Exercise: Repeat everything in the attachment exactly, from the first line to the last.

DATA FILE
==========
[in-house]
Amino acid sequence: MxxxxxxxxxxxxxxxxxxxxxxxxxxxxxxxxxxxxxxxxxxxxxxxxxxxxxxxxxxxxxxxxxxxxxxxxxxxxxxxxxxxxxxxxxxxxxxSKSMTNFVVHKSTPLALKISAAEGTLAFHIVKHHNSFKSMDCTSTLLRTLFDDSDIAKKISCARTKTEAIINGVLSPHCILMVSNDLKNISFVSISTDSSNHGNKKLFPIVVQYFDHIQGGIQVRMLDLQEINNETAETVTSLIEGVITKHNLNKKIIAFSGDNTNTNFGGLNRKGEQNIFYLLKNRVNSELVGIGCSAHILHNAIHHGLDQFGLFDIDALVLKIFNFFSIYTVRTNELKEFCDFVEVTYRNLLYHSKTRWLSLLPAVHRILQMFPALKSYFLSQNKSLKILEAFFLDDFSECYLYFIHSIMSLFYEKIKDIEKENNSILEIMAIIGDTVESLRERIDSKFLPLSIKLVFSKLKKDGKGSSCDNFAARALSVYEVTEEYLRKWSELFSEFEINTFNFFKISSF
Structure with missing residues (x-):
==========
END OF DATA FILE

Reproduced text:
[in-house]
Amino acid sequence: MxxxxxxxxxxxxxxxxxxxxxxxxxxxxxxxxxxxxxxxxxxxxxxxxxxxxxxxxxxxxxxxxxxxxxxxxxxxxxxxxxxxxxxxxxxxxxxSKSMTNFVVHKSTPLALKISAAEGTLAFHIVKHHNSFKSMDCTSTLLRTLFDDSDIAKKISCARTKTEAIINGVLSPHCILMVSNDLKNISFVSISTDSSNHGNKKLFPIVVQYFDHIQGGIQVRMLDLQEINNETAETVTSLIEGVITKHNLNKKIIAFSGDNTNTNFGGLNRKGEQNIFYLLKNRVNSELVGIGCSAHILHNAIHHGLDQFGLFDIDALVLKIFNFFSIYTVRTNELKEFCDFVEVTYRNLLYHSKTRWLSLLPAVHRILQMFPALKSYFLSQNKSLKILEAFFLDDFSECYLYFIHSIMSLFYEKIKDIEKENNSILEIMAIIGDTVESLRERIDSKFLPLSIKLVFSKLKKDGKGSSCDNFAARALSVYEVTEEYLRKWSELFSEFEINTFNFFKISSF
Structure with missing residues (x-):